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Legislature places Taiwan power plant on ice

Publication Date : 27-02-2013


Taiwan's Legislature agreed yesterday to freeze construction on the Fourth Nuclear Power Plant, until its fate is put to a national referendum.

After hours of cross-party negotiations, lawmakers ruled to shelve debates on the plant's budget and called a halt to all work on the plant besides safety testing.

No construction such as fuel rod installation is permitted on the project until a national referendum, according to Legislative Speaker Wang Jin-pyng.

Ruling and opposition caucuses will both commission professionals to oversee the halt.

Project manager Taipower responded that they respect the Legislative Yuan's decision.

Earlier this week, Premier Jiang Yi-huah called for a national referendum on the controversial public project. If the Legislative Yuan adopts the plan, a referendum can be held as early as July.


Earlier yesterday, some lawmakers were at work devising questions for the referendum.

The Kuomintang (KMT) caucus will allow three to five of its legislators to submit different questions within the next few days, in the interest of regional equality and fair representation, said KMT Secretary-General Lai Shyh-bao.

“Specific phrasings are still under review,” but all versions will share a design: Questions will ask voters if they support shutting down the construction on the Fourth Nuclear Power Plant.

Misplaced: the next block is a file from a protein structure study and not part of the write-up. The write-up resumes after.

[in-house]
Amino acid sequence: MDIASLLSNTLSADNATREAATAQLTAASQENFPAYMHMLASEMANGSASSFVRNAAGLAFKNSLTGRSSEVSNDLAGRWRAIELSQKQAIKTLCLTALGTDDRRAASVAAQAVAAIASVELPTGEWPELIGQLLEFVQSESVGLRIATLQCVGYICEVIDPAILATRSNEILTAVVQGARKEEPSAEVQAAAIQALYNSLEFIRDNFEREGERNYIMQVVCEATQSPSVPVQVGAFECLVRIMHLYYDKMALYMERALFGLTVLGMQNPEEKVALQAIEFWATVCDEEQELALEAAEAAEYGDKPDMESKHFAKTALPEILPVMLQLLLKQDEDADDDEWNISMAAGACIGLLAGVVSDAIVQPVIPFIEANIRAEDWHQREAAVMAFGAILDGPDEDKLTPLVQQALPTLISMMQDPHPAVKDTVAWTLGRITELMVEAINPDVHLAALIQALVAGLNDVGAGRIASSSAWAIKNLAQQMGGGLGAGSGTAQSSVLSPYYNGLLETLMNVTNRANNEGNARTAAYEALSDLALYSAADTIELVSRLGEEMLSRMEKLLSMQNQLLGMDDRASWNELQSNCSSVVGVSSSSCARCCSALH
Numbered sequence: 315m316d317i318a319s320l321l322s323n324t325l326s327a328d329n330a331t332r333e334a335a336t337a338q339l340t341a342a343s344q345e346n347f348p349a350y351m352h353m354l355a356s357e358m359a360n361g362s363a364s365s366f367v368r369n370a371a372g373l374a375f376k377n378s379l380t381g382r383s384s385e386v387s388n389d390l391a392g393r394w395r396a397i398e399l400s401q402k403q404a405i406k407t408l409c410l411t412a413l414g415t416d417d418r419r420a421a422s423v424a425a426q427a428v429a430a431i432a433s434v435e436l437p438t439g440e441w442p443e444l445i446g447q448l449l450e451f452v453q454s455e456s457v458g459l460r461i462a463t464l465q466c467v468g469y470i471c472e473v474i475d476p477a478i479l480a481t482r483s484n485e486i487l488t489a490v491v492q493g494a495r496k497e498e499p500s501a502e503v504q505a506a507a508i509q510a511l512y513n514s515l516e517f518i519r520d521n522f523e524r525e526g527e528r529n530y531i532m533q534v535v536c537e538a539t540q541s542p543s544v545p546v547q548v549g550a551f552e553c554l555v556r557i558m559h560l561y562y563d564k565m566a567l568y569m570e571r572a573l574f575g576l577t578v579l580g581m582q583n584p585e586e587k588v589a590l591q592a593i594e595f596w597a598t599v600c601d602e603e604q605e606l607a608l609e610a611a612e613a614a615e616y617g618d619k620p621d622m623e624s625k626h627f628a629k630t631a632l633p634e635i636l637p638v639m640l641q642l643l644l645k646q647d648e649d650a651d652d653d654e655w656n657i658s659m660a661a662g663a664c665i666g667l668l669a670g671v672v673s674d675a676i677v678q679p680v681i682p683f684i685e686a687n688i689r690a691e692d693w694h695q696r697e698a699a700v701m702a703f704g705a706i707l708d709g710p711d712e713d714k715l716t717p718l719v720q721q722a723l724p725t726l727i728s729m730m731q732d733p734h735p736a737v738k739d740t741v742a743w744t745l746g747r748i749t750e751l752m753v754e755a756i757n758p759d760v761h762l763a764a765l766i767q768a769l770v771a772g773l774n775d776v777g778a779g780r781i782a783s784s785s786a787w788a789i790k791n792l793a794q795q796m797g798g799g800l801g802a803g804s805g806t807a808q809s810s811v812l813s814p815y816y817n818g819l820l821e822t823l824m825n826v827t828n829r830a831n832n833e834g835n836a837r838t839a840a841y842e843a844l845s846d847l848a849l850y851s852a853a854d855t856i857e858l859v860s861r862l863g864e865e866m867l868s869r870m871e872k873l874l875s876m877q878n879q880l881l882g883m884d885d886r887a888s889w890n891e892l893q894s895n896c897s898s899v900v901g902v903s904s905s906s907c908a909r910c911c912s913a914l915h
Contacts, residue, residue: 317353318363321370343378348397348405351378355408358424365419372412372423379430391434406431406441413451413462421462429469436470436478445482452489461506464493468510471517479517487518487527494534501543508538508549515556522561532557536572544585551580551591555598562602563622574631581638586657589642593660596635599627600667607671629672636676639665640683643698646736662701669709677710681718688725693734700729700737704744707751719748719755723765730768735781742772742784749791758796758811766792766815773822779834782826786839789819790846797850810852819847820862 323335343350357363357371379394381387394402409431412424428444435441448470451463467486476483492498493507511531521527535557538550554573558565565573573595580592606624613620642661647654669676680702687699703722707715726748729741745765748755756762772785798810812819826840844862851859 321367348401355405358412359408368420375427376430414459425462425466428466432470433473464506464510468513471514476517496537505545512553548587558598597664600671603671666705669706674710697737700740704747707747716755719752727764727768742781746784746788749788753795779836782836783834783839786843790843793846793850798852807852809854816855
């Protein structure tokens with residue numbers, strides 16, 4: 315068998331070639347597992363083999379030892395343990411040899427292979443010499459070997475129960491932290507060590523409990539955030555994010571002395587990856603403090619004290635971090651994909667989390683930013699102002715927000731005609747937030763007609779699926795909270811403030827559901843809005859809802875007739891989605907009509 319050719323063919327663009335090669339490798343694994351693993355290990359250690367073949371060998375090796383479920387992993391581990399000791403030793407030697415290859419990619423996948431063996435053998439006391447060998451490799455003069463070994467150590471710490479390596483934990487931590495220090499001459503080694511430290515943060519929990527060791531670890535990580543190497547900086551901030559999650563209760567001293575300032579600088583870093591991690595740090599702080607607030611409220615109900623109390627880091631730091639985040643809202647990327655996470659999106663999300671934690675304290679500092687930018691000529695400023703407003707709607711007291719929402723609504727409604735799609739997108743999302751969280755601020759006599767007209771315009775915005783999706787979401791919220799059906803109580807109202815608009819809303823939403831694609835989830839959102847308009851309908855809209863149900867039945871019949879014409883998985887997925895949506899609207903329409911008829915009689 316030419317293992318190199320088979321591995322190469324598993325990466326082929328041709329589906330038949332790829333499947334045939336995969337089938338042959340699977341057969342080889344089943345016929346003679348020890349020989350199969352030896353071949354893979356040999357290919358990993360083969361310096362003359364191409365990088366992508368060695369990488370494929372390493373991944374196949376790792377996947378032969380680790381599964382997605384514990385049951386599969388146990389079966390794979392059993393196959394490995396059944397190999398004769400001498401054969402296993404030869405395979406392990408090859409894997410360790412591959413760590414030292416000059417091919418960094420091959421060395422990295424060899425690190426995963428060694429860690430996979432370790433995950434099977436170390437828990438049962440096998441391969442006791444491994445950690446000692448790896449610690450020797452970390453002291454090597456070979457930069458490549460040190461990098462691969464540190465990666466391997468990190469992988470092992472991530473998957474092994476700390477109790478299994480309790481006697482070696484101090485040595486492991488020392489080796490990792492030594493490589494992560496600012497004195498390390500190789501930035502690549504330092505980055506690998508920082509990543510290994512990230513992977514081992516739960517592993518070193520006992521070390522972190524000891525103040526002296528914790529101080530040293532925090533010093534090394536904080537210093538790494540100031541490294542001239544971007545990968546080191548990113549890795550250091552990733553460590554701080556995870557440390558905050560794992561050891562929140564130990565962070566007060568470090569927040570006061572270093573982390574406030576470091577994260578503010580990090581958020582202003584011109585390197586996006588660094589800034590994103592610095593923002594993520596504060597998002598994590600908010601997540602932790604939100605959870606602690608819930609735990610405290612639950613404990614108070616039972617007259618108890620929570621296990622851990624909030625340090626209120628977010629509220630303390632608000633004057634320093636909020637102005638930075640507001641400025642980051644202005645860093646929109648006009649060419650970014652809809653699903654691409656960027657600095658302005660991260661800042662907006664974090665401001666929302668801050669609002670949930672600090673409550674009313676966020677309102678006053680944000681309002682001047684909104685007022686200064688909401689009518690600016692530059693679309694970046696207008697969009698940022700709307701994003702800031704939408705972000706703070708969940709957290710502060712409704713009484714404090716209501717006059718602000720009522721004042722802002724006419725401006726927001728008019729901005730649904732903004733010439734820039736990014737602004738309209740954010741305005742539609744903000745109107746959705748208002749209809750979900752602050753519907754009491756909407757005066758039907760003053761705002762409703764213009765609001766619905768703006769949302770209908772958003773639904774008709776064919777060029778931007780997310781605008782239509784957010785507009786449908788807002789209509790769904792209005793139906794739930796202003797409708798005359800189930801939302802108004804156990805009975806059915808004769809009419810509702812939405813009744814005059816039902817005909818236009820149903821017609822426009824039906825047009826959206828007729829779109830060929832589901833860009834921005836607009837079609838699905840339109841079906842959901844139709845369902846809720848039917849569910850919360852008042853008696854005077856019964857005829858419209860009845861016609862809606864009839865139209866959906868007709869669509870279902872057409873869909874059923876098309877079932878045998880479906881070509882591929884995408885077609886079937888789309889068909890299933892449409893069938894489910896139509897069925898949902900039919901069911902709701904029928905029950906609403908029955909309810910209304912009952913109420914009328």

The fate of the Fourth Nuclear Power Plant may come down to semantics. Under the KMT's proposal, work on the plant will continue if the referendum fails due to low turnout. Since 2004, Taiwan has conducted six national referendums, all of which were rendered invalid due to low turnout.

DPP Version

Meanwhile, the major opposition party was drafting its own referendum bill.

The referendum question should be designed to terminate construction if voter turnout doesn't meet thresholds, said former Democratic Progressive Party (DPP) Tsai Ing-wen.

Taking up Tsai's proposal, DPP Legislator Kao Jyh-peng has drafted the question, “Do you believe the government should complete the construction of Taipower's Fourth Nuclear Power Plant in New Taipei City's Gongliao District?”

A national referendum is valid only if over 50 per cent of eligible voters cast a ballot. That means 9,150,000 voters must cast a ballot, said a DPP staffer yesterday.

“We didn't need 9 million voters to pick a president, who now steers major national policies like the Fourth Nuclear Power Plant,” said the staffer on condition of anonymity.

“Why is it that when the people choose a political candidate they only need a simple majority, but when it comes to important policy, they need an absolute majority of all eligible voters?” the source continued.

Earlier yesterday, the DPP caucus had boycotted the opening session of the Legislative Yuan, calling for an amendment to the Referendum Act and the immediate halt to plant construction.


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